Inside this Article
This most pleasant, easy to read, and informative article takes you on an even easier to follow journey from a basic definition of genetic engineering through a couple of interesting historical highlights, then quickly moves you from an understanding of how genetic engineering is done, to its applications in the real world now and in the future. In closing Dr. Hadzimichalis provides a few thoughtful remarks on today’s ethical and regulatory considerations.
- Introduction ✓
- Historical Perspective ✓
- Technical Methods
- - Recombinant DNA
- - Gene guns, Microinjection, and Electro-and Chemical-poration
- Current Applications
- - Medically relevant applications
- - Agriculturally Relevant Applications
- - Environmentally Relevant Applications
- - Research Tool and Other Incredible Applications
- Future Applications
- – “Medically” Relevant Future Applications
- – Agriculturally Relevant Future Applications
- – Environmentally Relevant Future Applications
In humans, as with any other organism, genetic engineering refers to any changes in genetic makeup that result from the direct manipulation of DNA using various technical methods. While this term is used often in mainstream media, much of the general population does not have a clear understanding of its meaning, current uses, and potential applications. The process of genetic engineering is intended to produce a useful or desirable characteristic in an organism and on a molecular level and may include additions, deletions, or targeted changes to the genome. More simply put, genetic engineering involves cutting, pasting, and/or editing DNA to produce a valuable effect. Interestingly, these alterations can involve introduction of genetic material from either the same or from different type of organism.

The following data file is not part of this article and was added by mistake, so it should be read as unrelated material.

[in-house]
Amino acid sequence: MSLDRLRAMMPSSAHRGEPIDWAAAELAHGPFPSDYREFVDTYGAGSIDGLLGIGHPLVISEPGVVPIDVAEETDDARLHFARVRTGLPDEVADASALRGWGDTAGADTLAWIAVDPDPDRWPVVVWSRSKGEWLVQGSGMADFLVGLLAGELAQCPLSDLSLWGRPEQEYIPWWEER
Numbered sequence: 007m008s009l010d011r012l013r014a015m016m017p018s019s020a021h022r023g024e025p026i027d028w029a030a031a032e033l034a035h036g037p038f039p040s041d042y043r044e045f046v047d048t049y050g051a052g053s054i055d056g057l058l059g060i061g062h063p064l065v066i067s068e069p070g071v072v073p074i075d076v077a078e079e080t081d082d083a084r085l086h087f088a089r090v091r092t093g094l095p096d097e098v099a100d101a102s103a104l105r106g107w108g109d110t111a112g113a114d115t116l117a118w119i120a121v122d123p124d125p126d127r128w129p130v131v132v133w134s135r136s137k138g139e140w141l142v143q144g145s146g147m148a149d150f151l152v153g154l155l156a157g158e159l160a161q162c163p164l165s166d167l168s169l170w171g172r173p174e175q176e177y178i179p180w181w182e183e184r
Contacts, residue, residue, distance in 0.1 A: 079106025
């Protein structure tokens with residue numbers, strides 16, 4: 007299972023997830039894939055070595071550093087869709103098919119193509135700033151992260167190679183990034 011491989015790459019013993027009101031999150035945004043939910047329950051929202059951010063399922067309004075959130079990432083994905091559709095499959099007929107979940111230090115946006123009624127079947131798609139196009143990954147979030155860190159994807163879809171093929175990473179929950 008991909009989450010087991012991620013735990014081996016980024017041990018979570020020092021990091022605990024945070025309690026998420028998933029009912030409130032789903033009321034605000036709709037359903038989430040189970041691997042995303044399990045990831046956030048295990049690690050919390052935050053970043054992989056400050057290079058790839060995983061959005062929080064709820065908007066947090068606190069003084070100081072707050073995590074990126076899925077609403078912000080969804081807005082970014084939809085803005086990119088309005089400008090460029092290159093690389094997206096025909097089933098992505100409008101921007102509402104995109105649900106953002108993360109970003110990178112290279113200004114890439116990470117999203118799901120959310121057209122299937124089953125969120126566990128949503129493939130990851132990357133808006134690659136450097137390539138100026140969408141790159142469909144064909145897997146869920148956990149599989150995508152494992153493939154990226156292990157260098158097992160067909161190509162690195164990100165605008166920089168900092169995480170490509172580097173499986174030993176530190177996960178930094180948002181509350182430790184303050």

A variety of methods may be employed to produce a genetically modified organism (GMO). Historically, and still today, humans have indirectly modified the genomes of other species to produce desired “products” including domesticated animals and high yield plants varieties. By selecting the seeds from the best produce for next year’s crop and using the hardiest steers to fertilize the herd, food staples became gradually more robust and abundant.
However, breakthrough experiments from Hersey and Chase in 1952 confirming that DNA is the vessel for our genetic code, initiated further characterization of this biological macromolecule and prompted an in depth examination into methods to specifically modify it (http://jgp.rupress.org/content/36/1/39.full.pdf)\). This has decreased the time it takes to appreciably improve an organism from decades and even centuries down to weeks and months.
Dr. Paul Berg and colleagues are credited with creating the first ever recombinant DNA molecule (molecules that are DNA sequences resulting from the use of laboratory methods), published in 1972. In this study, they described a novel way to combine DNA from different organisms and in fact, successfully combined DNA from a monkey virus (SV40) and a bacterial virus (lambda phage) (http://www.ncbi.nlm.nih.gov/pmc/articles/PMC389671/). For this work, Dr. Berg was awarded the 1980 Nobel Prize in chemistry for “his fundamental studies of the biochemistry of nucleic acids, with particular regard to recombinant-DNA” (http://www.nobelprize.org/nobel_prizes/chemistry/laureates/1980/).Page 2, Technical Methods Next